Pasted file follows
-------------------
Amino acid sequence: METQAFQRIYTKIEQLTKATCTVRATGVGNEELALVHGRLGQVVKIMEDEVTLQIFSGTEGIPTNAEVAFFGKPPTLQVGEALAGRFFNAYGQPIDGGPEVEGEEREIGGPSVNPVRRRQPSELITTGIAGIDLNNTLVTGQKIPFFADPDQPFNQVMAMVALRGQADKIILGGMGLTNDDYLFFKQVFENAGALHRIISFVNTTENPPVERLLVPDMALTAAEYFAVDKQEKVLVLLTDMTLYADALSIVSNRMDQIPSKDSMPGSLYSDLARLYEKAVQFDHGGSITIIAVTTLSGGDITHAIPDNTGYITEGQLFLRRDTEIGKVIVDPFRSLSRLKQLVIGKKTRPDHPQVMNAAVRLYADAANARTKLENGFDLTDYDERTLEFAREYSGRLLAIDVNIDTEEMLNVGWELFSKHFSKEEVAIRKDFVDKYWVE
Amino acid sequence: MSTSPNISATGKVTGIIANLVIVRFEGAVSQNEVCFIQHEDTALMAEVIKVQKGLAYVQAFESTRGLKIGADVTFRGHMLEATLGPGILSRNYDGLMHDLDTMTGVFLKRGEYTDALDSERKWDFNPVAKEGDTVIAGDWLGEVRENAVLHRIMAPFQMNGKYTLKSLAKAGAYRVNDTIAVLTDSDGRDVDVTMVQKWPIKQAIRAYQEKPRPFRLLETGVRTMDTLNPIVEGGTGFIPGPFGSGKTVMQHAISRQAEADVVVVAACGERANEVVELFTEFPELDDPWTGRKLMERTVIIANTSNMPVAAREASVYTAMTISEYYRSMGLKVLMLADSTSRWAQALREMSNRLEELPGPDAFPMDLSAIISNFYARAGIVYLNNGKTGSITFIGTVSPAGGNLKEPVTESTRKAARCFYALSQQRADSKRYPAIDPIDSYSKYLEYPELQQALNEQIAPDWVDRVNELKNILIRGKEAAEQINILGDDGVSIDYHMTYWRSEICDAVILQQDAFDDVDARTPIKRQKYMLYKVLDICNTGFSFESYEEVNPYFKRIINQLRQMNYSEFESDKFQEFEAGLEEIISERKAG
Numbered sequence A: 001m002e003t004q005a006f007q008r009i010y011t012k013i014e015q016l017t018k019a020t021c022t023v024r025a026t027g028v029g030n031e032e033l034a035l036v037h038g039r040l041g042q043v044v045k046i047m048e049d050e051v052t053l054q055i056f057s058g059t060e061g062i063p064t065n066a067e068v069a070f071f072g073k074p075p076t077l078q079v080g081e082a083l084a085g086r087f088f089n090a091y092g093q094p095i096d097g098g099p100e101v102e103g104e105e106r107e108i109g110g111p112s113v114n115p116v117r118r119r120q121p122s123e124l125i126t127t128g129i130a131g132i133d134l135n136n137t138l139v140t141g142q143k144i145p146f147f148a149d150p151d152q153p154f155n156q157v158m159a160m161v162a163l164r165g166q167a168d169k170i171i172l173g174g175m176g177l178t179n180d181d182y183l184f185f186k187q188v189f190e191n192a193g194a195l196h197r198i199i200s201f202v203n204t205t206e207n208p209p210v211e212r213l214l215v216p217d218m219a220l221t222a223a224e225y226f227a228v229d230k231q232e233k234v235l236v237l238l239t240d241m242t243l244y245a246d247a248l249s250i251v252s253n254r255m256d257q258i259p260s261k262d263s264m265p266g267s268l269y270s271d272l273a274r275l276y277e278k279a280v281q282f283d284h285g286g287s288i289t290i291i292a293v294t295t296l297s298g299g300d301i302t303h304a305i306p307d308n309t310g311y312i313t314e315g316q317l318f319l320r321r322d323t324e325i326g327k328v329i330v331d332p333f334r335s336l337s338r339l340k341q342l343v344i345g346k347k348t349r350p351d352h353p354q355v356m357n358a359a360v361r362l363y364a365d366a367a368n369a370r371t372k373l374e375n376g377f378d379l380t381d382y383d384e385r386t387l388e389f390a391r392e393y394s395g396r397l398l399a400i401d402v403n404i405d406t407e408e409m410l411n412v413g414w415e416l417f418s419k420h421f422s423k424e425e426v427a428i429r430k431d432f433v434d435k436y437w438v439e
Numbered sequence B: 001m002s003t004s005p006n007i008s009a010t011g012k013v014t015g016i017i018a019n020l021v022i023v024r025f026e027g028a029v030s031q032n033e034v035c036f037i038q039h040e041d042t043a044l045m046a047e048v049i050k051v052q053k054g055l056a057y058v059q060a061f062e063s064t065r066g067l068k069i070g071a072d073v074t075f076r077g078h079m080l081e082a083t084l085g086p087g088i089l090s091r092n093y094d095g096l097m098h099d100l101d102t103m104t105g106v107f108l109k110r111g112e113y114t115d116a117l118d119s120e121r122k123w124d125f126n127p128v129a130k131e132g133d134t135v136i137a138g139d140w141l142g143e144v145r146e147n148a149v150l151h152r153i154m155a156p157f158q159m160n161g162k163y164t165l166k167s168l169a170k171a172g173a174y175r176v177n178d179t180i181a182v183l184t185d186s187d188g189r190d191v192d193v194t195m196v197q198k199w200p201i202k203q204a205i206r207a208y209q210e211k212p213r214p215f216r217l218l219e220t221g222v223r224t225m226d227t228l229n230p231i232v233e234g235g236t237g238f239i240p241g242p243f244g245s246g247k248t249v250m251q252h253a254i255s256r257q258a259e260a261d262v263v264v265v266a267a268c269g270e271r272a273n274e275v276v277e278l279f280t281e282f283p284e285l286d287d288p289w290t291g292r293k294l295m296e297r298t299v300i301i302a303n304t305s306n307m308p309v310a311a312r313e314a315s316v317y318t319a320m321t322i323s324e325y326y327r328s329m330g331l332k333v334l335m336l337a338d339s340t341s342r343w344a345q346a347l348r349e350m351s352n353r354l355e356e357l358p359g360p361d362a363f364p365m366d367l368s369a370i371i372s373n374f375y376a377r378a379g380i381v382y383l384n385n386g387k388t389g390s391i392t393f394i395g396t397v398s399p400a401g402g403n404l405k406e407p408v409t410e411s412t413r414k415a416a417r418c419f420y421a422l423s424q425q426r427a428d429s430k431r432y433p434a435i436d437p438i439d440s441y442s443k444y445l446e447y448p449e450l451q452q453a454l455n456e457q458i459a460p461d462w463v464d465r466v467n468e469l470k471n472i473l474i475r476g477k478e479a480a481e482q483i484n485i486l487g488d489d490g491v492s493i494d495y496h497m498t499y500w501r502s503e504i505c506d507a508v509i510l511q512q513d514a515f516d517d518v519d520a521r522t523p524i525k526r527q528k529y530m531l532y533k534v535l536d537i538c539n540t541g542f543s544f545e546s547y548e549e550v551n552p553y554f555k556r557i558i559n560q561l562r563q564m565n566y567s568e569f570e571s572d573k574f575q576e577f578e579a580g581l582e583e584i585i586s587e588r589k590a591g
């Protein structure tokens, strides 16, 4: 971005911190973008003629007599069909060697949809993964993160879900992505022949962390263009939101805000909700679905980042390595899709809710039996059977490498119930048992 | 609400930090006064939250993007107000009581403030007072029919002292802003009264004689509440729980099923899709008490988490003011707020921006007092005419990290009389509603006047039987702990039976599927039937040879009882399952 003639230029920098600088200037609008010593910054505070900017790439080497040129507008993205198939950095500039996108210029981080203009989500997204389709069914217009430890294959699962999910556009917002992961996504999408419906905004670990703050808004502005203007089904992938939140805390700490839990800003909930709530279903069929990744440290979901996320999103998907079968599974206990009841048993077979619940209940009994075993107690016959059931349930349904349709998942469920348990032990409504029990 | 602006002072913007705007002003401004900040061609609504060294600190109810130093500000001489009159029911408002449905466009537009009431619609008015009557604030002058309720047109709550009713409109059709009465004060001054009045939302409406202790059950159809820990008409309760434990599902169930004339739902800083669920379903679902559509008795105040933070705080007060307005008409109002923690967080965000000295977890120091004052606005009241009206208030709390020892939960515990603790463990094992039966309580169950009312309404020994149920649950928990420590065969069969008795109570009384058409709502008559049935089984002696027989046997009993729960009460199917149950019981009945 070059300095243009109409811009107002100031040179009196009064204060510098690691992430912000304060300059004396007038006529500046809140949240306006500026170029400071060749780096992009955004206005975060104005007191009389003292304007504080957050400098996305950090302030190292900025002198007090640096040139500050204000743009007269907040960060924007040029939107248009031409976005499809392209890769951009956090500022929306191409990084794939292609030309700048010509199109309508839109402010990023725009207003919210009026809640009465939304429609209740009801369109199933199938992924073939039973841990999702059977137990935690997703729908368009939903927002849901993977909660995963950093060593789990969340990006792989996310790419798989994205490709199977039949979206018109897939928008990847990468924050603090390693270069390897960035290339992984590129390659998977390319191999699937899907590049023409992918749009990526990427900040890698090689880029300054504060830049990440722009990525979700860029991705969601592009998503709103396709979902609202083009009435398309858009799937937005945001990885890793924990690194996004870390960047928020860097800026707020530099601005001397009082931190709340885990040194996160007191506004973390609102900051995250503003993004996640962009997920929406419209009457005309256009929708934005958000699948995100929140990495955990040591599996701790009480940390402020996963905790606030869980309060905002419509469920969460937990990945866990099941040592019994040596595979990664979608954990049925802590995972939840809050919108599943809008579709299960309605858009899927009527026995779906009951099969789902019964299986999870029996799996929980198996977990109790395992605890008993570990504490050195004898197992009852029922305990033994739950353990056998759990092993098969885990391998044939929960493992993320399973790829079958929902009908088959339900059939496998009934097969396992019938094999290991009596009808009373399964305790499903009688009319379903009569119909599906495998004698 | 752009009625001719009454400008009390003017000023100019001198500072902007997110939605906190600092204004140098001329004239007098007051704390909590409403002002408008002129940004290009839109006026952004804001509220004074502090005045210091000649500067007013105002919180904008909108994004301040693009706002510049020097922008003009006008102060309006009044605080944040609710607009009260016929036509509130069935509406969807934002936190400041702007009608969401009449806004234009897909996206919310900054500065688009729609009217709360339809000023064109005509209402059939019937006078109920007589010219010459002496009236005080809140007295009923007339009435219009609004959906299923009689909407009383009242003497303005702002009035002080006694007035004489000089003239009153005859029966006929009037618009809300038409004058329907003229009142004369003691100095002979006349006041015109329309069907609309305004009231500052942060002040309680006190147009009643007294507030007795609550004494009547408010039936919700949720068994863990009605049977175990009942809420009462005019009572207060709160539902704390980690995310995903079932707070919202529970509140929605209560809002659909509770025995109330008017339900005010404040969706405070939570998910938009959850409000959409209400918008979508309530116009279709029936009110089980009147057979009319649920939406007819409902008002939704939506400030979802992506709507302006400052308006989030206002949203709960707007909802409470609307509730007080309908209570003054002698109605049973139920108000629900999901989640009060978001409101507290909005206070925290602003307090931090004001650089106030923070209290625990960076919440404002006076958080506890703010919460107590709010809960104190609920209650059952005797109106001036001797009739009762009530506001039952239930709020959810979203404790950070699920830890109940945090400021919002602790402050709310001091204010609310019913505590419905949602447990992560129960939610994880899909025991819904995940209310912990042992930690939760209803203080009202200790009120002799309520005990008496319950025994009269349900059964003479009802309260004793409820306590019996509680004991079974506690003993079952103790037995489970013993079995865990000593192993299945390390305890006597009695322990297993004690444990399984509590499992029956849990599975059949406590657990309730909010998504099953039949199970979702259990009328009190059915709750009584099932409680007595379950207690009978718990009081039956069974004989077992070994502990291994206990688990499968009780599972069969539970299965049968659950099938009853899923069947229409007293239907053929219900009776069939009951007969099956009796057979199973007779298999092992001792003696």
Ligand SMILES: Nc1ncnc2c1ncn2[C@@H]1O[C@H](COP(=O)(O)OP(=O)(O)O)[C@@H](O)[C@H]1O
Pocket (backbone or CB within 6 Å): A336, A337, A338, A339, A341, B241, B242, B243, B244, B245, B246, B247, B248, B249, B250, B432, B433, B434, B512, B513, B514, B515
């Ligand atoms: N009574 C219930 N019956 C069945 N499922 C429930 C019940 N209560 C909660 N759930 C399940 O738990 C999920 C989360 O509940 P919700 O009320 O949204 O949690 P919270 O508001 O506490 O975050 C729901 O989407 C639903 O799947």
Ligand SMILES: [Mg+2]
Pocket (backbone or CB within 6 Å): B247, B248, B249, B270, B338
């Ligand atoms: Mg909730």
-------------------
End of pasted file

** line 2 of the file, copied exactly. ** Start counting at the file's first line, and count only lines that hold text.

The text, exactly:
Amino acid sequence: MSTSPNISATGKVTGIIANLVIVRFEGAVSQNEVCFIQHEDTALMAEVIKVQKGLAYVQAFESTRGLKIGADVTFRGHMLEATLGPGILSRNYDGLMHDLDTMTGVFLKRGEYTDALDSERKWDFNPVAKEGDTVIAGDWLGEVRENAVLHRIMAPFQMNGKYTLKSLAKAGAYRVNDTIAVLTDSDGRDVDVTMVQKWPIKQAIRAYQEKPRPFRLLETGVRTMDTLNPIVEGGTGFIPGPFGSGKTVMQHAISRQAEADVVVVAACGERANEVVELFTEFPELDDPWTGRKLMERTVIIANTSNMPVAAREASVYTAMTISEYYRSMGLKVLMLADSTSRWAQALREMSNRLEELPGPDAFPMDLSAIISNFYARAGIVYLNNGKTGSITFIGTVSPAGGNLKEPVTESTRKAARCFYALSQQRADSKRYPAIDPIDSYSKYLEYPELQQALNEQIAPDWVDRVNELKNILIRGKEAAEQINILGDDGVSIDYHMTYWRSEICDAVILQQDAFDDVDARTPIKRQKYMLYKVLDICNTGFSFESYEEVNPYFKRIINQLRQMNYSEFESDKFQEFEAGLEEIISERKAG